Snapchat lenses are a proven way for users to literally become “the face” of a marketing campaign thanks to augmented reality, but the social king of selfies is taking it a step further by making filters into a game.
In November, Snapchat introduced World Lenses—a way to add virtual elements to a user’s environment such as sparkles, colors, a virtual flashlight and clouds puking rainbows. Perhaps inspired by the success of Pokémon GO (and its many business partnerships), this update laid the groundwork for what would become playable lenses.
The games kicked off with a sponsored Kraft Macaroni and Cheese filter in December that challenged users to catch animated noodles in their mouth. Shortly thereafter, Snapchatters got into the holiday spirit with Santa’s Helper—a game that superimposed the user’s face onto an elf that had to be navigated down a snowy mountain. While the holiday game wasn’t sponsored, it certainly inspired users to share both activations online, and not just on Snapchat. YouTube screen captures and Twitter screenshots began to appear as well, ensuring that nobody’s friends missed out on the goofy antics.
Most recently, a new game has surfaced on Snapchat within its “Princess and Queen” lens. Now when a user selects the lens, a prompt appears inviting them to “double tap to upgrade.” Doing so changes the camera to outward view and collectible gems appear in the environment, similar to Pokémon GO. Collecting all five gems unlocks a second version of the “Princess and Queen” selfie filter and demonstrates the possibilities of AR in the platform.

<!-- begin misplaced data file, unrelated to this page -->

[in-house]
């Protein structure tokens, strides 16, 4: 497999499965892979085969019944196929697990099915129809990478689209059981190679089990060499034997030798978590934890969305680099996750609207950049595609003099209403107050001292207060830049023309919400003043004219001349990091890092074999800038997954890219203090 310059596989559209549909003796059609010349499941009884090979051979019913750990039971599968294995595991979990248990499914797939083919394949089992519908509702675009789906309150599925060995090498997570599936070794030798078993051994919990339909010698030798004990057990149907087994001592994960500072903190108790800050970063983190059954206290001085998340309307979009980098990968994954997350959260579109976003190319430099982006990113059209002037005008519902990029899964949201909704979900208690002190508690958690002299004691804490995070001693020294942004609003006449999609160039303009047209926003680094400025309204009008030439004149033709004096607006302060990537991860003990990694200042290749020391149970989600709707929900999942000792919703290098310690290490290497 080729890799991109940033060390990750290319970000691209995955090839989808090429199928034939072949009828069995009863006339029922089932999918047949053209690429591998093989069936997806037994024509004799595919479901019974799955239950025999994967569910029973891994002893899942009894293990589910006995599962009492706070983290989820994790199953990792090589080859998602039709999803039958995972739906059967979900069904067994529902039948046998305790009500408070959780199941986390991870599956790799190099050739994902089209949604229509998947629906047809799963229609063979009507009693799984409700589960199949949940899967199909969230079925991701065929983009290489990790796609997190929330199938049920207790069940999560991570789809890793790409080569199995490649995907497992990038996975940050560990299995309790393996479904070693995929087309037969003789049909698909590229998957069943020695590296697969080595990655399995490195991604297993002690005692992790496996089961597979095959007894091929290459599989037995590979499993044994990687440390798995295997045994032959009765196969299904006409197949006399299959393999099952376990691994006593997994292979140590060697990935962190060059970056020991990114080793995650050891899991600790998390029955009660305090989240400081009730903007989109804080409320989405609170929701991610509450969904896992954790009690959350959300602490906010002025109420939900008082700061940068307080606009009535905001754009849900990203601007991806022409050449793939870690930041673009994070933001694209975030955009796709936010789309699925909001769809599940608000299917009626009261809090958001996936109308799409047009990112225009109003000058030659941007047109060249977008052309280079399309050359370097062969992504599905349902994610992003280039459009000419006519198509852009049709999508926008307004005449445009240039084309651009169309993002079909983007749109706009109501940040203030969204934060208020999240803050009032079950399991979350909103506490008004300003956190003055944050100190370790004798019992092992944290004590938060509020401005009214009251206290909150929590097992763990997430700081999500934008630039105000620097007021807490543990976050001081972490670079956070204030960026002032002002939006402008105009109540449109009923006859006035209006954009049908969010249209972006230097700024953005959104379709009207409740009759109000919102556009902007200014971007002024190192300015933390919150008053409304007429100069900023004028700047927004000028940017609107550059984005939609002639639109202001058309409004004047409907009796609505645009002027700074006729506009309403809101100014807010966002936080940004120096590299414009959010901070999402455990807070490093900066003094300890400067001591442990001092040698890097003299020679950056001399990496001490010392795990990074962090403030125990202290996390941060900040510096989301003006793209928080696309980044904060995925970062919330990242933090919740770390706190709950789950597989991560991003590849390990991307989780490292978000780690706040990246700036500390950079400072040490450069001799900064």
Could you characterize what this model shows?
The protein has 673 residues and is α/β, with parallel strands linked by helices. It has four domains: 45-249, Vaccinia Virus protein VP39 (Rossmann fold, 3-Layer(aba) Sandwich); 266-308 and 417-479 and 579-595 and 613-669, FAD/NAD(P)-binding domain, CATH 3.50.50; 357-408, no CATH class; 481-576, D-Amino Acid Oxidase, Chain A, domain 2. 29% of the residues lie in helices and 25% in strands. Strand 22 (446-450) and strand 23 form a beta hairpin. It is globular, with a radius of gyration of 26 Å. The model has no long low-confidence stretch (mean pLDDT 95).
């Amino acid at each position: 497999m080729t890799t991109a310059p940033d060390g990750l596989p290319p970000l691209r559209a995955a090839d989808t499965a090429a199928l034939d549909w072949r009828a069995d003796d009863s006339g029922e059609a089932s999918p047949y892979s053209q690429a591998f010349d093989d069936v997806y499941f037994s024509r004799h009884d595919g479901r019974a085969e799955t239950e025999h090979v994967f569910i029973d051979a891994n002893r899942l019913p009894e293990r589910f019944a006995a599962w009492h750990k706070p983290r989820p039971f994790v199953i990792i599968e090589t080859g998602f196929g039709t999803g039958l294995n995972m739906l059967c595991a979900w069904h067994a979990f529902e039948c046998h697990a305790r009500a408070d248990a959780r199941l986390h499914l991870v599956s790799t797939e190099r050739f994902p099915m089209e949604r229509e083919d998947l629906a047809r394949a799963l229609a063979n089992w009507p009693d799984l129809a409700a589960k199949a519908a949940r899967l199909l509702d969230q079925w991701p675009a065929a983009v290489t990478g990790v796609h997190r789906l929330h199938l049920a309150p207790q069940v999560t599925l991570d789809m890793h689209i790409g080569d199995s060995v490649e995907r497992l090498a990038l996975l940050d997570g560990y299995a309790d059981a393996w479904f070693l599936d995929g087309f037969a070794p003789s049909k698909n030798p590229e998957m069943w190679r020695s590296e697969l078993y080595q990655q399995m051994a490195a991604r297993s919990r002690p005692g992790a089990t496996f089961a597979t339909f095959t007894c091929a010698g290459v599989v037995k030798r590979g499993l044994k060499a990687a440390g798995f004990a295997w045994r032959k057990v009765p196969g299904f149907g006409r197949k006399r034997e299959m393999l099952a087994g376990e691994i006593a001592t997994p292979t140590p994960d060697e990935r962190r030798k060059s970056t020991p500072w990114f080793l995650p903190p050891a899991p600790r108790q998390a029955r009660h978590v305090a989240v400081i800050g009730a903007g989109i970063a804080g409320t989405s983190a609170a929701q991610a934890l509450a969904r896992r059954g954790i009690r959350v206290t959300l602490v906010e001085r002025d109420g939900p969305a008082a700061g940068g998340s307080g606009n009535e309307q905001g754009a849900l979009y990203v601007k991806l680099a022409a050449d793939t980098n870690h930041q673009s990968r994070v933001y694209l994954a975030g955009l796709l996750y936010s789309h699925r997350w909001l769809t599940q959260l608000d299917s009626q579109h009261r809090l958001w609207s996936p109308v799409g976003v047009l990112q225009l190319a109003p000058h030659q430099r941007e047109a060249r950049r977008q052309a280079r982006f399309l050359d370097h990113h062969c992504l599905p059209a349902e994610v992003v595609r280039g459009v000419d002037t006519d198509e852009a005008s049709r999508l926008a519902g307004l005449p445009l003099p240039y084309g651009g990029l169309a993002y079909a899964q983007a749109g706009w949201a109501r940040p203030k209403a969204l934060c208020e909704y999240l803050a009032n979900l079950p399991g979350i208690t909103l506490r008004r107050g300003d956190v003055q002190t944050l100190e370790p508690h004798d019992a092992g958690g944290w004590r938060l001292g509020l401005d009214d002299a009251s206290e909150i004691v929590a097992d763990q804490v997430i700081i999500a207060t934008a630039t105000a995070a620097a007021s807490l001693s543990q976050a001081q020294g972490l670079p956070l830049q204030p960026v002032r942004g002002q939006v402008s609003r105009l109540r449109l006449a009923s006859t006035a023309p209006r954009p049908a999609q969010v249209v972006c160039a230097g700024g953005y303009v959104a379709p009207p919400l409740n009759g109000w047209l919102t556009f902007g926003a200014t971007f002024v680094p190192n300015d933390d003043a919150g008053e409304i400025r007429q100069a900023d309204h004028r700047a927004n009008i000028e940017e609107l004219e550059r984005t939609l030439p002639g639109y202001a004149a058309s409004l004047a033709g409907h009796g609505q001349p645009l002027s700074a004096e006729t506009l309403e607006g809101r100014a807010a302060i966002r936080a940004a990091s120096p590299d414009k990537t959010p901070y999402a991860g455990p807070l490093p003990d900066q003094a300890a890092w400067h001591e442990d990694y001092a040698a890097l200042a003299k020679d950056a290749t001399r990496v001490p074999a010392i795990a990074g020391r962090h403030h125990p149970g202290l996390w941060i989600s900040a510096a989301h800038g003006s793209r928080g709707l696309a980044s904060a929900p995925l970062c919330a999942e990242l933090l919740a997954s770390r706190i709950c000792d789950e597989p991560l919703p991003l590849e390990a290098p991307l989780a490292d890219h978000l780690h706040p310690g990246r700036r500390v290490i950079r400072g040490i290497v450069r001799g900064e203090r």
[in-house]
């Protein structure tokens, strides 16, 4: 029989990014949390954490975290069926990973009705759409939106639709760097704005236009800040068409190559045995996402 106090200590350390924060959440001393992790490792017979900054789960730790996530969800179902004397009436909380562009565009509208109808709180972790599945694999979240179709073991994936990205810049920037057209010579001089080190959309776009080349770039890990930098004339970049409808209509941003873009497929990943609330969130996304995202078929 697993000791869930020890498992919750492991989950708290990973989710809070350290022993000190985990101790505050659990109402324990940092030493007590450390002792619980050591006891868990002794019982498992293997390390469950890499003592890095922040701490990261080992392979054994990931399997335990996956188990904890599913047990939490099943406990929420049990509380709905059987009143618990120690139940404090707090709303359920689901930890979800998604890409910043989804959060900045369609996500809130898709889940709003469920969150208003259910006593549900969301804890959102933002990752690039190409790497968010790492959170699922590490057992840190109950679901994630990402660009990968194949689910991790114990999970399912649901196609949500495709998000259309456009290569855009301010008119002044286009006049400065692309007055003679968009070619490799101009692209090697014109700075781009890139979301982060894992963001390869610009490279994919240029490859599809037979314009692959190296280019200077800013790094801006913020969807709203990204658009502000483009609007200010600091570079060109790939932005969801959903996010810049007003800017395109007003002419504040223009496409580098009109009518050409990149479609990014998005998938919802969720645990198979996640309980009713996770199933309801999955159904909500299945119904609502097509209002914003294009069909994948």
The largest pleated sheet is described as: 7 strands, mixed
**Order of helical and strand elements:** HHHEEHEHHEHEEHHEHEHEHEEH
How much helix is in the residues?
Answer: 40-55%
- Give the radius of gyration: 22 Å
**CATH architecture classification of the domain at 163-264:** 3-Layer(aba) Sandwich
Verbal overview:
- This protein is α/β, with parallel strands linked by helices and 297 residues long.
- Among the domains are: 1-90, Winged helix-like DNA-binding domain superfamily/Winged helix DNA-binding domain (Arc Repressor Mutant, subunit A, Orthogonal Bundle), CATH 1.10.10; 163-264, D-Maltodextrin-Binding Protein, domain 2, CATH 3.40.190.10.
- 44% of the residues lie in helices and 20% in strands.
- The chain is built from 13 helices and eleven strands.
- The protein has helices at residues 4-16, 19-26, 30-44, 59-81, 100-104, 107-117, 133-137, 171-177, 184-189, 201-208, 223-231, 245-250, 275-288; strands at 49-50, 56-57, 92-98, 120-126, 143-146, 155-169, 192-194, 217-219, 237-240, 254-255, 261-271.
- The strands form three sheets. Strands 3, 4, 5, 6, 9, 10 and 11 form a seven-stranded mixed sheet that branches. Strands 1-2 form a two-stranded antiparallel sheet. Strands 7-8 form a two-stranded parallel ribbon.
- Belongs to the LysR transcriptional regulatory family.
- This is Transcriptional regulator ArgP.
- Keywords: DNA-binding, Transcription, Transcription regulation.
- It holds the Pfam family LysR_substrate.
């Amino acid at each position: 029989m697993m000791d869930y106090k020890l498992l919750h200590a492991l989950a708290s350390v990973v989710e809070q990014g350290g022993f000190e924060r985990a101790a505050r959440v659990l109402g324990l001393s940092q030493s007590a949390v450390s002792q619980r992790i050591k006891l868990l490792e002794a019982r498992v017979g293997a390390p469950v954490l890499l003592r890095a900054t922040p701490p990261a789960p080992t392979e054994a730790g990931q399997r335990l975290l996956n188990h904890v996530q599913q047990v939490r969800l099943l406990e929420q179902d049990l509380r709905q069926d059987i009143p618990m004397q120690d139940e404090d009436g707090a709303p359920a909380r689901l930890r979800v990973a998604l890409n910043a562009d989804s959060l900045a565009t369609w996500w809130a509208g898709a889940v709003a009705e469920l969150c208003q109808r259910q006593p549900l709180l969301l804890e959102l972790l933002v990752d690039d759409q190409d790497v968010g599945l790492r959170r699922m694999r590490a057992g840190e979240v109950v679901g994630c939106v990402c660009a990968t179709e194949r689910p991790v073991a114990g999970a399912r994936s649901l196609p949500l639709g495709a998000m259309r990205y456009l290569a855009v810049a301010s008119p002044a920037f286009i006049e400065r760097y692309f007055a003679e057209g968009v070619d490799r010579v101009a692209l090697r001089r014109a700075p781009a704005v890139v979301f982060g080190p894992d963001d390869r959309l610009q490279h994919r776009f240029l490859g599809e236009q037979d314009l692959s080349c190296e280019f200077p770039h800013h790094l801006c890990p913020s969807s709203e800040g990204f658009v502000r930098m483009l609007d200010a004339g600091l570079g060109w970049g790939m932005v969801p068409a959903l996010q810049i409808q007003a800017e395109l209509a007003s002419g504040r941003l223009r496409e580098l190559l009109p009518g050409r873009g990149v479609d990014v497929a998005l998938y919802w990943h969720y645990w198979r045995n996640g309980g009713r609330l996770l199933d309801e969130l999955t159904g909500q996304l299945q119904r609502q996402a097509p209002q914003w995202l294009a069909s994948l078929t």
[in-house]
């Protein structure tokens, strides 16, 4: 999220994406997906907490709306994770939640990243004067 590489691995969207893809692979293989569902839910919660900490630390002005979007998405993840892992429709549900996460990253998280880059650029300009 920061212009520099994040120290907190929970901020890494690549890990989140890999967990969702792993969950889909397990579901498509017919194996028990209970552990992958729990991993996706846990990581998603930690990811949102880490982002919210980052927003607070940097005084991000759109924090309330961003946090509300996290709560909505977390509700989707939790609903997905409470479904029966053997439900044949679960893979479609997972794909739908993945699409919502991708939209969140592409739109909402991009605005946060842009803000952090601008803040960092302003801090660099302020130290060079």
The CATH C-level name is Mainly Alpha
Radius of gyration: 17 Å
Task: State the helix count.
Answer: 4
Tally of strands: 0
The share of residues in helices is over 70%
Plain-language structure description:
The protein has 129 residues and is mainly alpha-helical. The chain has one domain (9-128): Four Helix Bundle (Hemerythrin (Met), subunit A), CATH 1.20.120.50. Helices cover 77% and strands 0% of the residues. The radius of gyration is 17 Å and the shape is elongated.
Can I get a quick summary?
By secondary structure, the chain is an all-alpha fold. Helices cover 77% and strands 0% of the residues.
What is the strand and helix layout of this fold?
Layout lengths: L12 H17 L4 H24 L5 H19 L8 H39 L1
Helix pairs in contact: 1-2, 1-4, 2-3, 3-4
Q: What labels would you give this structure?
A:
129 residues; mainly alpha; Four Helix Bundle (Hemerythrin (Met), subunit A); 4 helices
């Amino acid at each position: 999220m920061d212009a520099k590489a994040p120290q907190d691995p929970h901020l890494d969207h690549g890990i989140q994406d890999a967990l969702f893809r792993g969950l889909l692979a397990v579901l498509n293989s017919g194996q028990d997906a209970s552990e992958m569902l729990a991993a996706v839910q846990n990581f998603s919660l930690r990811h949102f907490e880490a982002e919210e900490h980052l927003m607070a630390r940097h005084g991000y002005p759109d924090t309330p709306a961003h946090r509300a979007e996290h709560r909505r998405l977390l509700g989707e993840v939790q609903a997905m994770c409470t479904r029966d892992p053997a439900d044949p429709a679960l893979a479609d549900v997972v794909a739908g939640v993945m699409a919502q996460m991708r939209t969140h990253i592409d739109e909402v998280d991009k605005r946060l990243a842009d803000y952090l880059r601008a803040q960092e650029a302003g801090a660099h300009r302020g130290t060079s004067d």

Over the past year, marketers have created innovative ways to engage Snapchat fans through playable games like Gatorade’s Serena Williams Match Point and Under Armour’s It Comes From Below. Endemic brands like Microsoft and Activision have mastered the art of the sponsored Snapchat lens, transforming users into characters from the latest triple-A games. The popularity of both game-inspired lenses and playable ads shows that Snapchat users welcome the idea of these interactive experiences.
The photo-sharing “ghost” attracts a young, active fan base of 100 million users who watch over 10 billion videos per day. Rebranded as Snap Inc., the camera company will soon be offering shares—so it has been hard at work proving value to potential investors through new ad offerings and original content.
Sponsored lens games could potentially be paired with geographical locations (such as retailers) or be triggered by Snapchat’s new image-recognition-triggered ad offerings for a fun, shareable experience.
Now that Snapchat Spectacles are available for purchase online, the timing is perfect for brands to create interactive, first-person lens games for mass consumption and sharing. While Snapchat’s first few games are simple, they fit right into the raw and wacky stories that the platform is famous for.